Ever since 1843, when a selection of daguerreotypes were displayed at the Polytechnic Society’s Autumn Meeting, The Royal Cornwall Polytechnic Society had held regular photographic exhibitions at the Polytechnic Hall in Church Street and since 1859 the Society had offered ‘premiums’ or prizes at an annual competitive exhibition of photography.
By the mid 1860s, the photographic exhibitions organized by The Royal Cornwall Polytechnic Society were attracting submissions by some of the leading professional photographers of the day including Henry Peach Robinson of Leamington, Oscar Gustave Rejlander of Wolverhampton and the landscape photographer Francis Bedford. The annual exhibitions were No longer just a local showcase for Cornwall-based photographers.
In 1875, the admired photographer Frank Meadow Sutcliffe, who was based in Whitby some 350 miles away, exhibited at the Society’s exhibition hall in Falmouth. Exceptional photographs were awarded medals by the Royal Cornwall Polytechnic Society. According to his own publicity, Edgar Gael had become a “Medallist of the Royal Cornwall Polytechnic Society” in 1882.
It appears that Edgar Gael had also become an official photographer for the Royal Cornwall Polytechnic Society because at the 50th Jubilee Meeting of the Society held at the Polytechnic Hall on 5th September 1882, Gael was commissioned to take a memorial group portrait of the Society’s leading members. The Annual Report of the Royal Cornwall Polytechnic Society published for the year 1882, noted that at “the conclusion of the President’s speech, Mr Gael took a couple of Memorial Photographs of the platform, which will be highly prized in days to come.”
By 1887, Edgar Gael had established a photographic portrait studio in Exmouth, Devon. Between 1887 and 1891, Edgar Gael is listed as the proprietor of a studio in Rolle Street, Exmouth, Devon. Gael’s studio was located in the seaside town’s main street. Exmouth, which had began life as a market town and seaport had become a “fashionable watering place” in the 19th century.
In 1891, Exmouth had a recorded population of 8,085, yet in the holiday season the town’s population was boosted by hundreds of visitors. The number of people visiting and residing at Exmouth provided enough customers to support no more than three photographic portrait studios at any given time.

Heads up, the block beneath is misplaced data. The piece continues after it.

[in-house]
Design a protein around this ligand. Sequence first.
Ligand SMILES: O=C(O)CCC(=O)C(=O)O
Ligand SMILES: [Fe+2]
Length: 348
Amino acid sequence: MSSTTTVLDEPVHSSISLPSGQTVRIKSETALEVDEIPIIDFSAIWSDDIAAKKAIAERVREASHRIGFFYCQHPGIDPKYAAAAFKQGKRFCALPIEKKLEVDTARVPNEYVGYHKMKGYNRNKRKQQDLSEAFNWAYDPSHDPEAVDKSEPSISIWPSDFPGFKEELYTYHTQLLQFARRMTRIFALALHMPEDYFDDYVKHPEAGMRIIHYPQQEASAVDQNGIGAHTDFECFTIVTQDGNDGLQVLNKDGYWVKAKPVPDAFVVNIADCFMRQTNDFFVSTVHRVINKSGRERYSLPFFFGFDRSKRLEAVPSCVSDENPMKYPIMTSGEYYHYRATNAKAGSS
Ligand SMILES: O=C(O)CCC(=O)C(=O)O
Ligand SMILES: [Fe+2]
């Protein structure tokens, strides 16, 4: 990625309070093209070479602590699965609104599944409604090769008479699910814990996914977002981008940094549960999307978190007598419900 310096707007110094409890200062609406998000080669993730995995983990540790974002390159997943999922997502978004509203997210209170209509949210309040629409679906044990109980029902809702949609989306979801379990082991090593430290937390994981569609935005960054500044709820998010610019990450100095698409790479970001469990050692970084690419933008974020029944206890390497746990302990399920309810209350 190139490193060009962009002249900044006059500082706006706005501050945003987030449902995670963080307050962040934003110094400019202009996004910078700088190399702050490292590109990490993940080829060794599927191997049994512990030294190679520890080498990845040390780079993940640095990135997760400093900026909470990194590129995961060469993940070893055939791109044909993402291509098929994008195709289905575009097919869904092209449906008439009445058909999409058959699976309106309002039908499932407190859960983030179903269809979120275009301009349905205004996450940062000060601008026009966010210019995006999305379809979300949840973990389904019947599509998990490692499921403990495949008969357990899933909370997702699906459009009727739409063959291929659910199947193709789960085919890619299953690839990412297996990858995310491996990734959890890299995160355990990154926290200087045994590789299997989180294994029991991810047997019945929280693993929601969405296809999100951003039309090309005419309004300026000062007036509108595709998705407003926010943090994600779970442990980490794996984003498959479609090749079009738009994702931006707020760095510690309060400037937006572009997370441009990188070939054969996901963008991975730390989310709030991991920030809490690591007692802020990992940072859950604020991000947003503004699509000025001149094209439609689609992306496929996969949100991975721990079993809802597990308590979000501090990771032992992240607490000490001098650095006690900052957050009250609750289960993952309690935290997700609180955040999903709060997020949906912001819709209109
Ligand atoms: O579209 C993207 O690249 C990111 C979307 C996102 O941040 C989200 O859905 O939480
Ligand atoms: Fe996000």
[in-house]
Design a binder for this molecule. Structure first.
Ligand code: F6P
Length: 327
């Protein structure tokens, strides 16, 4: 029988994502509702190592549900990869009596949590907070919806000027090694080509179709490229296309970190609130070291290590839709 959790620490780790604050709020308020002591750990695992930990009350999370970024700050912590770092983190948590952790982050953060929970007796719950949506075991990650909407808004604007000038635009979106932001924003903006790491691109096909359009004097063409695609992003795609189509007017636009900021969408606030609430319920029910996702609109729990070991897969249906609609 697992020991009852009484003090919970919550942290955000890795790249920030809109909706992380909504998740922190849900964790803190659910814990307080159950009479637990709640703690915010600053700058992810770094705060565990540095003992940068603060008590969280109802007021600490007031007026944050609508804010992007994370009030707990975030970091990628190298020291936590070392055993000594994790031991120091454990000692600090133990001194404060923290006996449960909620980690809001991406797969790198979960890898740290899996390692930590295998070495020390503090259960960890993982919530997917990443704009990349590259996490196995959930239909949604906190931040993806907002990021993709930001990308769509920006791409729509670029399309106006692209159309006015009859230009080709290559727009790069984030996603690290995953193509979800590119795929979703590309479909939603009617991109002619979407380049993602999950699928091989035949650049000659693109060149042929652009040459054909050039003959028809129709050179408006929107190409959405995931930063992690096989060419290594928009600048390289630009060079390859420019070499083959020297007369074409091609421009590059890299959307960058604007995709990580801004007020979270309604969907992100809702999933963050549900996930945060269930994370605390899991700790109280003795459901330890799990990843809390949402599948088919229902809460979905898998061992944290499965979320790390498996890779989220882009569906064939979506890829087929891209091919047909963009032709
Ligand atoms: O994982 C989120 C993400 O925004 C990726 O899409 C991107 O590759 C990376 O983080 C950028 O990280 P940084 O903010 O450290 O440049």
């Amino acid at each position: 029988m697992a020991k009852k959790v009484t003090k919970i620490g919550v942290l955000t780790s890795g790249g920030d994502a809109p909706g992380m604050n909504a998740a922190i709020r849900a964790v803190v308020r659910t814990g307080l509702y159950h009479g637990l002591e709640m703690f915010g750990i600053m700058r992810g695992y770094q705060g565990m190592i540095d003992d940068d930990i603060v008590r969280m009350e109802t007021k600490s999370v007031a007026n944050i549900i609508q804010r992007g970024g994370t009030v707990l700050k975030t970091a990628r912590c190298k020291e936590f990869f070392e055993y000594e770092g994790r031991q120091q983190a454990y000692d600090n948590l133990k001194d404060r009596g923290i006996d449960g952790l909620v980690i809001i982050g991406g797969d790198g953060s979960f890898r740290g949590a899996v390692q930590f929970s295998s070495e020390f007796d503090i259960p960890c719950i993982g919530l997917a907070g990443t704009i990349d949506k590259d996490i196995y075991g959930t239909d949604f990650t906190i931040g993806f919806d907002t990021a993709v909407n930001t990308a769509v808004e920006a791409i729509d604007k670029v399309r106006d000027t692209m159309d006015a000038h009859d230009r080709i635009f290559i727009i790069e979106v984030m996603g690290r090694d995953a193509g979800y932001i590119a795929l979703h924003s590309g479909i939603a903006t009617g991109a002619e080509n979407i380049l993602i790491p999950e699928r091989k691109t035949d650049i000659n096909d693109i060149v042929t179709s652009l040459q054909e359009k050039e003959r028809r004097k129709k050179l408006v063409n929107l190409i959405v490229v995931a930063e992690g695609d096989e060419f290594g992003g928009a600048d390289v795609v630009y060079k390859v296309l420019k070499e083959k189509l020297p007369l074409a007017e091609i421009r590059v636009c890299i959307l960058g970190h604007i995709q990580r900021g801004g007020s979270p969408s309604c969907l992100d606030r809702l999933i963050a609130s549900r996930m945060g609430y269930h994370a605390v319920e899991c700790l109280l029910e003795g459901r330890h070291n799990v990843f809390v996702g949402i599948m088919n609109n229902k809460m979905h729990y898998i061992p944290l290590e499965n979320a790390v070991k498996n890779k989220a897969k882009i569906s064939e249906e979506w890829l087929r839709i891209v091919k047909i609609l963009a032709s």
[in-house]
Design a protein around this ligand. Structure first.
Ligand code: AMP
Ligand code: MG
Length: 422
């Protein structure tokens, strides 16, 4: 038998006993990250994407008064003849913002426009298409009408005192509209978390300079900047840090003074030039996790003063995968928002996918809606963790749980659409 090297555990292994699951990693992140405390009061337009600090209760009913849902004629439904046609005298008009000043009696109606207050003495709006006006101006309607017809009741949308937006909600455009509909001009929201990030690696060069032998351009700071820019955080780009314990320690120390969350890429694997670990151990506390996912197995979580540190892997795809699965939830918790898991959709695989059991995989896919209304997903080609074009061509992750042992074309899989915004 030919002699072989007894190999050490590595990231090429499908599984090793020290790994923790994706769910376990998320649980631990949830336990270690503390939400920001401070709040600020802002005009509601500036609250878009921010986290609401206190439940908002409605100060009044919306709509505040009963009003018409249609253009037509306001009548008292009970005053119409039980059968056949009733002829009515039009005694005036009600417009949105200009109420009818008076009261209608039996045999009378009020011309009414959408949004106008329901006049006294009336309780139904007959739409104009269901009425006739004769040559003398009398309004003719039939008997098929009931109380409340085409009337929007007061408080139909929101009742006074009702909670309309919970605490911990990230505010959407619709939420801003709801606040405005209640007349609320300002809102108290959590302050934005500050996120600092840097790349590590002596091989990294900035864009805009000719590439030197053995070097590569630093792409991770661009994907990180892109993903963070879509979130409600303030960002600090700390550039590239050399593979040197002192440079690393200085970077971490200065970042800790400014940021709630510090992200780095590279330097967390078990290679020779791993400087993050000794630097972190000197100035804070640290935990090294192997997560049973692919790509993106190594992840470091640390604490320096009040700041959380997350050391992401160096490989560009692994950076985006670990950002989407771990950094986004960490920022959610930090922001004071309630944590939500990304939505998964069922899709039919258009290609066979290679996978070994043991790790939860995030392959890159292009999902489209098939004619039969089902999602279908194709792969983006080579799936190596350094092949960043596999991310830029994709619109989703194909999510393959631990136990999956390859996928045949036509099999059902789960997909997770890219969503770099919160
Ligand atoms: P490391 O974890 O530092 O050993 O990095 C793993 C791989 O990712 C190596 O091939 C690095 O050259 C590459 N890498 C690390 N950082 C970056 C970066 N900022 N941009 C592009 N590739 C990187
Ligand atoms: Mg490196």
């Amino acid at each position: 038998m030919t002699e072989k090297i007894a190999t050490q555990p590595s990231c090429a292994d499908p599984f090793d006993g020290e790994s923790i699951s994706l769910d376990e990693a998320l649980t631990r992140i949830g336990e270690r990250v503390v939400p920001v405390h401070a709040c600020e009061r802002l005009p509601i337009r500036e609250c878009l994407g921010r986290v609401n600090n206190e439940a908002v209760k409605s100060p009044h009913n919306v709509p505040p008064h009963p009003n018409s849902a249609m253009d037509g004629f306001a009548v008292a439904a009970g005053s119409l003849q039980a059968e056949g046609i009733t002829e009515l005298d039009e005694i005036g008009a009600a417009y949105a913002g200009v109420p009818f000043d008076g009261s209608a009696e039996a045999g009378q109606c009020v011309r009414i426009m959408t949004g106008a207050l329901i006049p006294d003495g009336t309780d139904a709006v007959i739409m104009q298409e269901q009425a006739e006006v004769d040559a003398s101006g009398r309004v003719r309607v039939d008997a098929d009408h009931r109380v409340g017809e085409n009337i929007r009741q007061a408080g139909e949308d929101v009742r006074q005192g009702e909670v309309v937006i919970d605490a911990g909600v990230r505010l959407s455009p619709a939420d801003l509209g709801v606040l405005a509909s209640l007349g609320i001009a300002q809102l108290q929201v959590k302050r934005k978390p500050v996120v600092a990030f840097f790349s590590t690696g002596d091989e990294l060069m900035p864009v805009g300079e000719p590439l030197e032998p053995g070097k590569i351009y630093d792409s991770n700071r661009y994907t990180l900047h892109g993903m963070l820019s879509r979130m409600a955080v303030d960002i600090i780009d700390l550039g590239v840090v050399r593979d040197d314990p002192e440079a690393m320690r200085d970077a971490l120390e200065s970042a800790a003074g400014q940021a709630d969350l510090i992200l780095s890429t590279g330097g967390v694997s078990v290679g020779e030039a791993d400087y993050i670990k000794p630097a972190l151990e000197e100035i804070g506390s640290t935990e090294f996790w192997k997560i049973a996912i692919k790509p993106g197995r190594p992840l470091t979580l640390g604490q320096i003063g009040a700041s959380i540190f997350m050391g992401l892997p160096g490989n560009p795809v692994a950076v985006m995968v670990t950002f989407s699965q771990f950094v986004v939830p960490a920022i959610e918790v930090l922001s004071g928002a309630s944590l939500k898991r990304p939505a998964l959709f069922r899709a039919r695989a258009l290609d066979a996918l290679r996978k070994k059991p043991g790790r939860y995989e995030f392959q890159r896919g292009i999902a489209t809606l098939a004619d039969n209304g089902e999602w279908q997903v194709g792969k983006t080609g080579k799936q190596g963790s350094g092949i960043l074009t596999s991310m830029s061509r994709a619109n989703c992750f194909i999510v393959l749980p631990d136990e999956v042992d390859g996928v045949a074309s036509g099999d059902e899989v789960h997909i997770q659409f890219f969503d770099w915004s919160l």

In 1890, the seaside resort was served by three photographic studios – Edgar Gael in Rolle Street, Henry William Churchill at 10 Albion Street and William Beer & Sons at No. 2 Station Parade, Exmouth. Both Henry Churchill and William Beer were local men, both born in Exmouth around 1833, and both had been in business as photographers for over a decade when Edgar Gael arrived in the town around 1886 (William Beer had established a photographic portrait studio in Chapel Street, Exmouth, around 1865). Edgar Gael must have found it difficult to make inroads on the business of his competitors at Exmouth.
In 1892, Edgar Gael decided to try his luck in another rapidly expanding seaside town – Bexhill-on-Sea on the Sussex coast.
Edgar Gael arrived in the Sussex seaside resort of Bexhill-on-Sea in 1892 to take over the Rembrandt Studio in Station Road, recently vacated by Charles Ash Talbot (born 1859, Waltham Abbey, Essex). Charles Ash Talbot had opened his photographic portrait studio in Station Road in 1888, but had struggled to establish a foothold in the town and sold the studio to Edgar Gael four years later.
Bexhill-on-Sea was a seaside resort on the Sussex coast, 6 miles west of Hastings. The town had grown rapidly over the previous 5 years. In 1881 the population of Bexhill was less than 2,500, but by 1891 the population had more than doubled to 5,206.
Previously only served by passing itinerant photographers, Bexhill did not have a permanent photographic portrait studio until 1887 when Arthur Bruges Plummer established a photography business at 3 Devonshire Terrace, Bexhill, close to Bexhill-on Sea’s Railway Station. Plummer, like many other photographers who tried to establish themselves in Bexhill-on-Sea during this period, could not attract enough customers and by the Summer of 1889, he had closed his photographic studio in Devonshire Terrace.
Edgar Gael was no more successful than his two predecessors Plummer and Talbot and after less than a year in business he sold his studio to Emil Vieler (born 1851, Iserlohn, Westphalia, Germany) a German-born photographer from Huddersfield. Emil Vieler (1851-1912) was to operate the studio in Station Road for a period of nearly 20 years, the business only coming to an end in 1912, the year sixty-one year old Emil Vieler died of heart failure at Rembrandt House, Station Road, Bexhill, the site of Edgar Gael’s former studio.
In 1892, Edgar Gael and his family travelled down to the City of Bristol, where the photographer was to be based for the remainder of his life.